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Two Lagrangian experiments in the Iberian upwelling system: Tracking an upwelling event and an off-shore filament

AuthorsJoint, Ian; Inall, Mark; Torres, R. ; Figueiras, F. G. ; Álvarez-Salgado, Xosé Antón ; Rees, Andrew P.; Woodward, E. Malcolm S.
Issue Date2001
CitationProgress in Oceanography 51(2-4): 221-248 (2001)
AbstractTwo Lagrangian drift experiments were carried out at the NW Iberian margin. The first tracked a body of nutrientrich, upwelled water as it moved south along the shelf break over a 5 day period. The second experiment, of similar duration, followed a water mass as it moved into the deep ocean in an off-shelf filament. This paper describes the background to and aims of each experiment. The overall objective was to quantify chemical and biological processes relating to the additional potential for the ocean at the shelf margins to sequester atmospheric CO2 in upwelling regions. The first experiment began at a time of intense wind-driven upwelling; within 2 days, the wind speed had moderated and the system entered a relaxation period with greatly reduced upwelling. The patch of upwelled water was marked by a single buoy array and it moved south along the shelf break. Transport was initially rapid but slowed with reducing wind speed. The temperature–salinity characteristics were consistent with sampling only a single water mass throughout the experiment. A model of particle trajectories showed slight deviation from the actual movement of the marked water mass, but overall the data support the assumption that the experiment was Lagrangian. During a 5 day experimental period, nutrients were utilised with a N:P ratio of 18.3 and N:Si of 4. Nutrient concentrations first reduced in the nearsurface but depletion deepened in the water column during the experiment. At the beginning of the experiment, the highest chlorophyll concentrations were in the surface 15m but this was replaced by a subsurface chlorophyll maximum at 30m. There was a shift from a small flagellate and dinoflagellate dominated photosynthetic phytoplankton assemblage to a diatom dominated assemblage. A high biomass of heterotrophic dinoflagellates and ciliates was also present. Canonical correlation analysis between environmental variables and microplankton assemblages, as defined by principal component analysis, suggested that a considerable part of DON production resulted from trophic relationships rather than direct release from phytoplankton. The second experiment followed a water mass marked with 5 Argos drifting buoys for 5 days as the water drifted off shelf in an off-shore filament. This water mass was extremely oligotrophic; nitrate concentrations were typically 10nmol l 1 in the upper 20m and ammonium concentrations were 20–40nmol l 1. Chlorophyll concentrations were very low and the phytoplankton assemblage was dominated by picoplankton. Diatoms were largely absent from the nano- and microplankton fractions, which were dominated by dinoflagellates. The data presented in this paper are a general description of the experiments and form the background to the more detailed descriptions given in the individual papers that make up this Special Issue of Progress in Oceanography.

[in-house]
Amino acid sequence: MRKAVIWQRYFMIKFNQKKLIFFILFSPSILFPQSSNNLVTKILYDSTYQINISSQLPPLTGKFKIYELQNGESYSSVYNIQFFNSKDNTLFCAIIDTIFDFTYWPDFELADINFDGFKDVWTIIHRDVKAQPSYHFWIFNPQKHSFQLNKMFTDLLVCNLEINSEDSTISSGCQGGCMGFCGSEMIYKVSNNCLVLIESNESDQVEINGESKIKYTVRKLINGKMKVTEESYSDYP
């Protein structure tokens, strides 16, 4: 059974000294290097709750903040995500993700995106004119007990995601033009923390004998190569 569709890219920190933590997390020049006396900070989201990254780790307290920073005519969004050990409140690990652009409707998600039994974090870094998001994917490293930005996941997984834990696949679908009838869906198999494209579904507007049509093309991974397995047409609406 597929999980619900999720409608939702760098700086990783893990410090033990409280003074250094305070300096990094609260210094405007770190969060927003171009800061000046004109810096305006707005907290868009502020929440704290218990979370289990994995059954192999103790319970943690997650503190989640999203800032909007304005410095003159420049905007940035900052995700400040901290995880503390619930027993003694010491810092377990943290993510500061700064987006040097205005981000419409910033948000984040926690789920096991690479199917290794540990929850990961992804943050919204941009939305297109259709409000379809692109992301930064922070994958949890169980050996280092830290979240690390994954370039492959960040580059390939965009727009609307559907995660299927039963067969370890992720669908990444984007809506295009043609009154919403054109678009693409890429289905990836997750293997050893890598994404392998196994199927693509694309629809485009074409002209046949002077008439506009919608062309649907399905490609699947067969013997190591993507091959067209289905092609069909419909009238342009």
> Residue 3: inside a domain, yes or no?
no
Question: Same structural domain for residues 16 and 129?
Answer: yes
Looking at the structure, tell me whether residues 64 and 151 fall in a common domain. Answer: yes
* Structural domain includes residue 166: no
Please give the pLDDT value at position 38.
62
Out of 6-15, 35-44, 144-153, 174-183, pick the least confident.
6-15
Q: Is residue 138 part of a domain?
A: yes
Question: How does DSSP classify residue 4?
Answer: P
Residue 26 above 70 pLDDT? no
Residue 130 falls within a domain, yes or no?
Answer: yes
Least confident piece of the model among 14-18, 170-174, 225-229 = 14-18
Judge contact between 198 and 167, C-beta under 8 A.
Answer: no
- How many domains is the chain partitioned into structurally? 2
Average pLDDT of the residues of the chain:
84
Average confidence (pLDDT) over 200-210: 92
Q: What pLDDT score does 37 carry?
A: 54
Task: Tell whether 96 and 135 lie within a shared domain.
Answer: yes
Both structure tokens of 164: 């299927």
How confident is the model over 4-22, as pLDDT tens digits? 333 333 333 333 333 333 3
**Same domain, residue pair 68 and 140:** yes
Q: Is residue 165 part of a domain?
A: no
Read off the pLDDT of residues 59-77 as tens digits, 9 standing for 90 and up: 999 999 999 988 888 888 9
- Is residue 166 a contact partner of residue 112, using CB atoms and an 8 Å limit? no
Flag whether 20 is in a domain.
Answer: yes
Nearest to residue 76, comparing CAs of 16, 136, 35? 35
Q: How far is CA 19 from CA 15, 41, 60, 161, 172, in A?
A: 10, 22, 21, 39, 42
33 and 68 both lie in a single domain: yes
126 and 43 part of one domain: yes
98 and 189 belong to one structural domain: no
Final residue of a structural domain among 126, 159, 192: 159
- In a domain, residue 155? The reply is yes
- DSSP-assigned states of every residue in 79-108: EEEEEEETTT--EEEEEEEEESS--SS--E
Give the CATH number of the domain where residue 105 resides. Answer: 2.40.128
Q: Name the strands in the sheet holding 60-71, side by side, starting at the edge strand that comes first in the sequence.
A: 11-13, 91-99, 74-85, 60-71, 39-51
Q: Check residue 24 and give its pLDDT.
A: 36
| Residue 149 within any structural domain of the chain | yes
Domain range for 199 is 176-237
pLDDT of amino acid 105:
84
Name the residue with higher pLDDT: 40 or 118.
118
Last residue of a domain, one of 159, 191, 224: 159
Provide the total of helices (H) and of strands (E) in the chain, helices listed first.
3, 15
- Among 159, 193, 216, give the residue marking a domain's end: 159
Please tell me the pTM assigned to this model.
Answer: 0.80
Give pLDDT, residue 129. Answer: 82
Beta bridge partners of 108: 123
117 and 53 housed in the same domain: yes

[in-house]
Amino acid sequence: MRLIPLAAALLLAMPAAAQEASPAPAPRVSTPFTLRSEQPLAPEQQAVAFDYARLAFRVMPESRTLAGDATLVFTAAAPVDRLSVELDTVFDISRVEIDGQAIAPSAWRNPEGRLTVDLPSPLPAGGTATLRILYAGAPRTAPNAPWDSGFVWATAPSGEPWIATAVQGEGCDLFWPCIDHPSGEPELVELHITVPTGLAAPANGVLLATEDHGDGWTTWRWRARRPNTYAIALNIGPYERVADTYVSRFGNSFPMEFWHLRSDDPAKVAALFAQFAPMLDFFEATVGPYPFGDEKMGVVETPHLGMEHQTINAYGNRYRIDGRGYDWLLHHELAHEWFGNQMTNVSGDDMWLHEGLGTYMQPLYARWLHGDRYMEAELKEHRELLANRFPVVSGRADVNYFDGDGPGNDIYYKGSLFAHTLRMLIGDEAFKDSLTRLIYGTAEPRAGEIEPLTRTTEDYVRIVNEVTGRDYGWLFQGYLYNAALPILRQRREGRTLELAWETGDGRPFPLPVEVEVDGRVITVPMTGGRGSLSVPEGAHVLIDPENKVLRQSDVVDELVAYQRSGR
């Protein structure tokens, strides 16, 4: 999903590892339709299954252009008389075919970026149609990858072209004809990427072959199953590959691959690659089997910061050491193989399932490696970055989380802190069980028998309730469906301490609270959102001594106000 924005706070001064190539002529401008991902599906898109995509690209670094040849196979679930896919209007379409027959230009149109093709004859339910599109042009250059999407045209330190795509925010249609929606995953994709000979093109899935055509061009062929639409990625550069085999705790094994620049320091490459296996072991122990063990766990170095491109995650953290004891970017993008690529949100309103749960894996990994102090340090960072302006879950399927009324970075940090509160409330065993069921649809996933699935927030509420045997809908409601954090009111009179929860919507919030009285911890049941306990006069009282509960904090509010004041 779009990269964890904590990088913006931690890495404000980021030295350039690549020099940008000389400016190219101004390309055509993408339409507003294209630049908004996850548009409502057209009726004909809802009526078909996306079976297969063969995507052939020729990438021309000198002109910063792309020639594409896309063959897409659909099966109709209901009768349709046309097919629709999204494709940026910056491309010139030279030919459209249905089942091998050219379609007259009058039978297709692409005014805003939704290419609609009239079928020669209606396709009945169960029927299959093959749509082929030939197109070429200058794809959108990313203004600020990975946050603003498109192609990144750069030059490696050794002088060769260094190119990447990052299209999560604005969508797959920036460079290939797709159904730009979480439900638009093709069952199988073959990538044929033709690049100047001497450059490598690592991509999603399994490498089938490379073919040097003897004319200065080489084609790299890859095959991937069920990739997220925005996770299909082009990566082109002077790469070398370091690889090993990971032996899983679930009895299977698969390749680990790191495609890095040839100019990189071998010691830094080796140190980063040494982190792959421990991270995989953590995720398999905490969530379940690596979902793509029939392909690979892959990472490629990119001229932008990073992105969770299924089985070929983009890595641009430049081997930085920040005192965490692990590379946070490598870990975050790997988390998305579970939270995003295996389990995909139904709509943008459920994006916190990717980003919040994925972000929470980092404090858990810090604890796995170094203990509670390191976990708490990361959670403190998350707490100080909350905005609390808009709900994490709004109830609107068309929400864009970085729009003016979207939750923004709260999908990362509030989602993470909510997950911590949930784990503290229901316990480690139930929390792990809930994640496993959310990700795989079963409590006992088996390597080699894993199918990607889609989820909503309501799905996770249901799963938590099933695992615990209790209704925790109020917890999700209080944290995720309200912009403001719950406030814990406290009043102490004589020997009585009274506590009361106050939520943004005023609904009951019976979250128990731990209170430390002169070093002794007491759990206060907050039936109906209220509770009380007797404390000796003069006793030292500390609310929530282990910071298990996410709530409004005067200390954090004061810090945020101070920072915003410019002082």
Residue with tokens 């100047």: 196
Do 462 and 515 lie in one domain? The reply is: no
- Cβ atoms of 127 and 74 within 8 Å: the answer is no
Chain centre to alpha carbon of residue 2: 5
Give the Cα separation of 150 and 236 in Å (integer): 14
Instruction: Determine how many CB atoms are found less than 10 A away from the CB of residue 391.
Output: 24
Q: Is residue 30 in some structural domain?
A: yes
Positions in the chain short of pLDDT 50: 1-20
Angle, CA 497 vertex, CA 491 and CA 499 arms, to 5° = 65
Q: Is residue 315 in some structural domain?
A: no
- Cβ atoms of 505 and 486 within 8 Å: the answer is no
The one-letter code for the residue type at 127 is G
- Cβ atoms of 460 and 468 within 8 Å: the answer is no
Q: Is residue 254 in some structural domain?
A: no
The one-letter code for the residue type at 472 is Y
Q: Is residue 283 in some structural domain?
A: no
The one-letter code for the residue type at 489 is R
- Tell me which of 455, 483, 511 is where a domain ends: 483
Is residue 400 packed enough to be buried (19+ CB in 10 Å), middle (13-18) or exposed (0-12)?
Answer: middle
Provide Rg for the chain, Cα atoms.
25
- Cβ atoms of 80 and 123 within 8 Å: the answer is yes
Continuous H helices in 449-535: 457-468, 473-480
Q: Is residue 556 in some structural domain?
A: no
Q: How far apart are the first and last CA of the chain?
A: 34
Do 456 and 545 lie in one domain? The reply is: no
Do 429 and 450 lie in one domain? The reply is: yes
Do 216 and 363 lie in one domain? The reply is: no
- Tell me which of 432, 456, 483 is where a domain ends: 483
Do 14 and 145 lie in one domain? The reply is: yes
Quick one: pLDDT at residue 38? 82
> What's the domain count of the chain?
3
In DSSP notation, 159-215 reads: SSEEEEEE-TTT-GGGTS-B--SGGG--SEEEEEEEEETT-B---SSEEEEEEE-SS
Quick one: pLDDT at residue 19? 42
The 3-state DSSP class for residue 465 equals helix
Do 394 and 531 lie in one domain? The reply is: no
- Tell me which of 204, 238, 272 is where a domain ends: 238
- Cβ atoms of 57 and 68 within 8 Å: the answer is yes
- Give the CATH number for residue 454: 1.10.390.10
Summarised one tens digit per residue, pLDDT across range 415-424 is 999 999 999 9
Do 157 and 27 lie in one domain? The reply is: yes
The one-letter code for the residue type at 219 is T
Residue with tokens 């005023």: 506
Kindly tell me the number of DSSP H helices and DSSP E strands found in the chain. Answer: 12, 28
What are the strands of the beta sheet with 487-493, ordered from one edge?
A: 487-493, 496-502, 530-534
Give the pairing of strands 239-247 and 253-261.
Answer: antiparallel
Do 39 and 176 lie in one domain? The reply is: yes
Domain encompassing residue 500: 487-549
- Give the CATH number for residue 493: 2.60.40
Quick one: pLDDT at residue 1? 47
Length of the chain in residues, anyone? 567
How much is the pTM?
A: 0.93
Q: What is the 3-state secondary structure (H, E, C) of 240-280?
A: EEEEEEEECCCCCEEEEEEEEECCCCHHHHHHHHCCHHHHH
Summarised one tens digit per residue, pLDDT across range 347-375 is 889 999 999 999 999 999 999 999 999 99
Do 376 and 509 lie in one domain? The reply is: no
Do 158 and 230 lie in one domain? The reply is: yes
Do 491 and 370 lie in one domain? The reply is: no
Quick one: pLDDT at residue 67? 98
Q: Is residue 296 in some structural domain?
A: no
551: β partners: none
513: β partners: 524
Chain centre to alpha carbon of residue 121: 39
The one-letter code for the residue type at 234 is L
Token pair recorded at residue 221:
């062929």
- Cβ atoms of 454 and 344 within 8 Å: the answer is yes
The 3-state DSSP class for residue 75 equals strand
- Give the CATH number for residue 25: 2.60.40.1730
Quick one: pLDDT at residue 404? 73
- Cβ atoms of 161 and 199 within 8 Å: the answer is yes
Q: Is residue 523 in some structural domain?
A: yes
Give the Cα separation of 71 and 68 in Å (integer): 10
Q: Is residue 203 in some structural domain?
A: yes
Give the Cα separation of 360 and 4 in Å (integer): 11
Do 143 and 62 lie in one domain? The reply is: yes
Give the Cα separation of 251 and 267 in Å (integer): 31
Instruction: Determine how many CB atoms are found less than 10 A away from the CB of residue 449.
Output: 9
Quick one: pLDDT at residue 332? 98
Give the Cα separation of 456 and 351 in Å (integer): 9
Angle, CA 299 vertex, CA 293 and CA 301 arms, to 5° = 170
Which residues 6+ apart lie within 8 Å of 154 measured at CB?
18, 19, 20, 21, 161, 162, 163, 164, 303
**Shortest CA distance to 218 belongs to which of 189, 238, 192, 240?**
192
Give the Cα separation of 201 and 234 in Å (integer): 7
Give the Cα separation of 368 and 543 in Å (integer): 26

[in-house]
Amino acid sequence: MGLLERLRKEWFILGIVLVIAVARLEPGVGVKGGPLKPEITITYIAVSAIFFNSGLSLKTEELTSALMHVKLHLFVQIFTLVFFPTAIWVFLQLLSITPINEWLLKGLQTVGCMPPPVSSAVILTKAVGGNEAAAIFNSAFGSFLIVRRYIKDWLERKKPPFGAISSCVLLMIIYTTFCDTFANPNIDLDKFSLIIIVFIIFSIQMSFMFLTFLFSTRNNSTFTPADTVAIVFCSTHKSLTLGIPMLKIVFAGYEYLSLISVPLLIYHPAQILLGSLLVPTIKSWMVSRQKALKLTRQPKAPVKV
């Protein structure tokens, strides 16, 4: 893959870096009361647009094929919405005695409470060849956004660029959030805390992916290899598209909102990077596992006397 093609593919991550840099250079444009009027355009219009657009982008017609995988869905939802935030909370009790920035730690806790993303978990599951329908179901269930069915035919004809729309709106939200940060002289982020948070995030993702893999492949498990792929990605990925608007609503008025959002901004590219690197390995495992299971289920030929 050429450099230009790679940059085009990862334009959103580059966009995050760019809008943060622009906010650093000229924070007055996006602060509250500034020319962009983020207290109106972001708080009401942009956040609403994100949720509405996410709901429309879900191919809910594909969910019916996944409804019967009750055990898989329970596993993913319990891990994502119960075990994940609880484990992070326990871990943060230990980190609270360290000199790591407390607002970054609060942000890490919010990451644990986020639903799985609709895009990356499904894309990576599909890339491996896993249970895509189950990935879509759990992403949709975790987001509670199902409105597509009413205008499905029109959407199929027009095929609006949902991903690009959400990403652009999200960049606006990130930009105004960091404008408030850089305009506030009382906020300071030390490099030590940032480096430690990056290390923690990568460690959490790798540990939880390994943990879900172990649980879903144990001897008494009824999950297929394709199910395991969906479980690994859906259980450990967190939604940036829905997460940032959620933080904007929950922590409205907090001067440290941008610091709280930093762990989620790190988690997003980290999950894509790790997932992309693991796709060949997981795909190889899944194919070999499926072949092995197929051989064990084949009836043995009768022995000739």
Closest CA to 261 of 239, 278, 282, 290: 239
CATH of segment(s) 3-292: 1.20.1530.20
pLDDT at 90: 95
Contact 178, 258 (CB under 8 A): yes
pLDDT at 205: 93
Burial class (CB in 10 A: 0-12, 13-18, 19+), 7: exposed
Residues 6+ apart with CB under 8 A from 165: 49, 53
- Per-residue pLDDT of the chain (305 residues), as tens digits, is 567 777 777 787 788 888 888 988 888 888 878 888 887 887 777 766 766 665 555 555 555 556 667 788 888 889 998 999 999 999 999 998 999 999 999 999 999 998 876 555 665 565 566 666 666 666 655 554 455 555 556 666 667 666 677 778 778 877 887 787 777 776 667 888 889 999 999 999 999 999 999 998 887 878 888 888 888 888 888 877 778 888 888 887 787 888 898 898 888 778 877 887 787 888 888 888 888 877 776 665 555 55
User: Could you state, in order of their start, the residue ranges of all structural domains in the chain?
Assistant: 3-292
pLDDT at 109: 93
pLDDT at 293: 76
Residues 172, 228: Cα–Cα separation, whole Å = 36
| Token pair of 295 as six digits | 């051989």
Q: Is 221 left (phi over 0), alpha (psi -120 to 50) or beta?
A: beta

Description28 páginas, 16 figuras, 6 tablas
Publisher version (URL)http://dx.doi.org/10.1016/S0079-6611(01)00068-4
Appears in Collections:(IIM) Artículos
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